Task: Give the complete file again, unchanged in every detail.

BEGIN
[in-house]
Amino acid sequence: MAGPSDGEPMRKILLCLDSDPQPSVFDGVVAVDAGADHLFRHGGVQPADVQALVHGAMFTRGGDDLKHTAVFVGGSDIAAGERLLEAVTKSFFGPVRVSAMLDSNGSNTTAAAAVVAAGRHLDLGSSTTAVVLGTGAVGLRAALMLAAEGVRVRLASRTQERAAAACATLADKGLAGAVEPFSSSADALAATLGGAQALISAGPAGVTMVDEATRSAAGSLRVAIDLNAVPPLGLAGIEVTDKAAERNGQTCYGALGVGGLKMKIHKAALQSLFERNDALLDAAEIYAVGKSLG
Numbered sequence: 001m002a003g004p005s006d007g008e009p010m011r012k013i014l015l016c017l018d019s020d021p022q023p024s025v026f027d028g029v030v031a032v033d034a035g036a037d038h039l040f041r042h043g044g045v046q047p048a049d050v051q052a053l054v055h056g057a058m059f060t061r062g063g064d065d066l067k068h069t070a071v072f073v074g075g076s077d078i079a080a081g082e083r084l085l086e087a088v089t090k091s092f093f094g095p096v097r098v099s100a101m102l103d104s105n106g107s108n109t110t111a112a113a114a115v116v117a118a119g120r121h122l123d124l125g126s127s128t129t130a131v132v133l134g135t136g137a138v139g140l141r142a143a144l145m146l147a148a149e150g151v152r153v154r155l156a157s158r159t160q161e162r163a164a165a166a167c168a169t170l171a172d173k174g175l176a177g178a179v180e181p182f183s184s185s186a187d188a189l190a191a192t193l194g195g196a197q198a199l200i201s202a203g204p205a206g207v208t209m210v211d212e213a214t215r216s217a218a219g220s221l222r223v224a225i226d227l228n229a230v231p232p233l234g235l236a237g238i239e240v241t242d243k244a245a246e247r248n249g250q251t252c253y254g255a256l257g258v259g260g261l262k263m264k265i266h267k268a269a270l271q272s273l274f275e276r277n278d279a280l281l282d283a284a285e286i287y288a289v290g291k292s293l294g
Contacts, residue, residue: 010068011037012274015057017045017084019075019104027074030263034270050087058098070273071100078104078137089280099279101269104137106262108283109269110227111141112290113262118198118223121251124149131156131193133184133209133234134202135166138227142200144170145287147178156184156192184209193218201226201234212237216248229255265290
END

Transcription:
[in-house]
Amino acid sequence: MAGPSDGEPMRKILLCLDSDPQPSVFDGVVAVDAGADHLFRHGGVQPADVQALVHGAMFTRGGDDLKHTAVFVGGSDIAAGERLLEAVTKSFFGPVRVSAMLDSNGSNTTAAAAVVAAGRHLDLGSSTTAVVLGTGAVGLRAALMLAAEGVRVRLASRTQERAAAACATLADKGLAGAVEPFSSSADALAATLGGAQALISAGPAGVTMVDEATRSAAGSLRVAIDLNAVPPLGLAGIEVTDKAAERNGQTCYGALGVGGLKMKIHKAALQSLFERNDALLDAAEIYAVGKSLG
Numbered sequence: 001m002a003g004p005s006d007g008e009p010m011r012k013i014l015l016c017l018d019s020d021p022q023p024s025v026f027d028g029v030v031a032v033d034a035g036a037d038h039l040f041r042h043g044g045v046q047p048a049d050v051q052a053l054v055h056g057a058m059f060t061r062g063g064d065d066l067k068h069t070a071v072f073v074g075g076s077d078i079a080a081g082e083r084l085l086e087a088v089t090k091s092f093f094g095p096v097r098v099s100a101m102l103d104s105n106g107s108n109t110t111a112a113a114a115v116v117a118a119g120r121h122l123d124l125g126s127s128t129t130a131v132v133l134g135t136g137a138v139g140l141r142a143a144l145m146l147a148a149e150g151v152r153v154r155l156a157s158r159t160q161e162r163a164a165a166a167c168a169t170l171a172d173k174g175l176a177g178a179v180e181p182f183s184s185s186a187d188a189l190a191a192t193l194g195g196a197q198a199l200i201s202a203g204p205a206g207v208t209m210v211d212e213a214t215r216s217a218a219g220s221l222r223v224a225i226d227l228n229a230v231p232p233l234g235l236a237g238i239e240v241t242d243k244a245a246e247r248n249g250q251t252c253y254g255a256l257g258v259g260g261l262k263m264k265i266h267k268a269a270l271q272s273l274f275e276r277n278d279a280l281l282d283a284a285e286i287y288a289v290g291k292s293l294g
Contacts, residue, residue: 010068011037012274015057017045017084019075019104027074030263034270050087058098070273071100078104078137089280099279101269104137106262108283109269110227111141112290113262118198118223121251124149131156131193133184133209133234134202135166138227142200144170145287147178156184156192184209193218201226201234212237216248229255265290